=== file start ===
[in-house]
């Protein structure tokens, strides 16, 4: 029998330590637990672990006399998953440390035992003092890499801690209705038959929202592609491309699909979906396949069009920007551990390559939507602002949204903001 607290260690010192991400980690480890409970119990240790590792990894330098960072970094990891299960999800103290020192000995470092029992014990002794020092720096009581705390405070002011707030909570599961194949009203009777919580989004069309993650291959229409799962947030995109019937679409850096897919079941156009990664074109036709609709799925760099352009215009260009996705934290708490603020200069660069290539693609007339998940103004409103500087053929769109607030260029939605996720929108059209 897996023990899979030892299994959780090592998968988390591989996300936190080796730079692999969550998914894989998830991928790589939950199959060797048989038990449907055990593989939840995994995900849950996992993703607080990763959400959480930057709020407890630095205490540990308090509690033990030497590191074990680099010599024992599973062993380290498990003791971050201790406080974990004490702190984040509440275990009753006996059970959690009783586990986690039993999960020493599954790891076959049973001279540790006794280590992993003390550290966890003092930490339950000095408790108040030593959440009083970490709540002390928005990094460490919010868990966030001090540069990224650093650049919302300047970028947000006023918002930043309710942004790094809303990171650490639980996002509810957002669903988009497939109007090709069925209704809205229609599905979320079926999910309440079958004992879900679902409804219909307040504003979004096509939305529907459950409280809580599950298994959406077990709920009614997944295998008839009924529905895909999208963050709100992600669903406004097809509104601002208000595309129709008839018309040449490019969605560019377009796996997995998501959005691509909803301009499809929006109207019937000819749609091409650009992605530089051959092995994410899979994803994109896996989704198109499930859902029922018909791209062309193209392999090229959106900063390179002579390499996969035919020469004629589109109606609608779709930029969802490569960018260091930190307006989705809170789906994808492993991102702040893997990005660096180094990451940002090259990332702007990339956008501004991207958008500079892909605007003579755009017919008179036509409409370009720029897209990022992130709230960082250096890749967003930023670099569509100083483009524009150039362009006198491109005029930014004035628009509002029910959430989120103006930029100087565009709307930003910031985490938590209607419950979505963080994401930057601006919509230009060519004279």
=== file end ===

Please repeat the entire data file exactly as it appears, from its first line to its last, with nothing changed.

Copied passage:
[in-house]
């Protein structure tokens, strides 16, 4: 029998330590637990672990006399998953440390035992003092890499801690209705038959929202592609491309699909979906396949069009920007551990390559939507602002949204903001 607290260690010192991400980690480890409970119990240790590792990894330098960072970094990891299960999800103290020192000995470092029992014990002794020092720096009581705390405070002011707030909570599961194949009203009777919580989004069309993650291959229409799962947030995109019937679409850096897919079941156009990664074109036709609709799925760099352009215009260009996705934290708490603020200069660069290539693609007339998940103004409103500087053929769109607030260029939605996720929108059209 897996023990899979030892299994959780090592998968988390591989996300936190080796730079692999969550998914894989998830991928790589939950199959060797048989038990449907055990593989939840995994995900849950996992993703607080990763959400959480930057709020407890630095205490540990308090509690033990030497590191074990680099010599024992599973062993380290498990003791971050201790406080974990004490702190984040509440275990009753006996059970959690009783586990986690039993999960020493599954790891076959049973001279540790006794280590992993003390550290966890003092930490339950000095408790108040030593959440009083970490709540002390928005990094460490919010868990966030001090540069990224650093650049919302300047970028947000006023918002930043309710942004790094809303990171650490639980996002509810957002669903988009497939109007090709069925209704809205229609599905979320079926999910309440079958004992879900679902409804219909307040504003979004096509939305529907459950409280809580599950298994959406077990709920009614997944295998008839009924529905895909999208963050709100992600669903406004097809509104601002208000595309129709008839018309040449490019969605560019377009796996997995998501959005691509909803301009499809929006109207019937000819749609091409650009992605530089051959092995994410899979994803994109896996989704198109499930859902029922018909791209062309193209392999090229959106900063390179002579390499996969035919020469004629589109109606609608779709930029969802490569960018260091930190307006989705809170789906994808492993991102702040893997990005660096180094990451940002090259990332702007990339956008501004991207958008500079892909605007003579755009017919008179036509409409370009720029897209990022992130709230960082250096890749967003930023670099569509100083483009524009150039362009006198491109005029930014004035628009509002029910959430989120103006930029100087565009709307930003910031985490938590209607419950979505963080994401930057601006919509230009060519004279």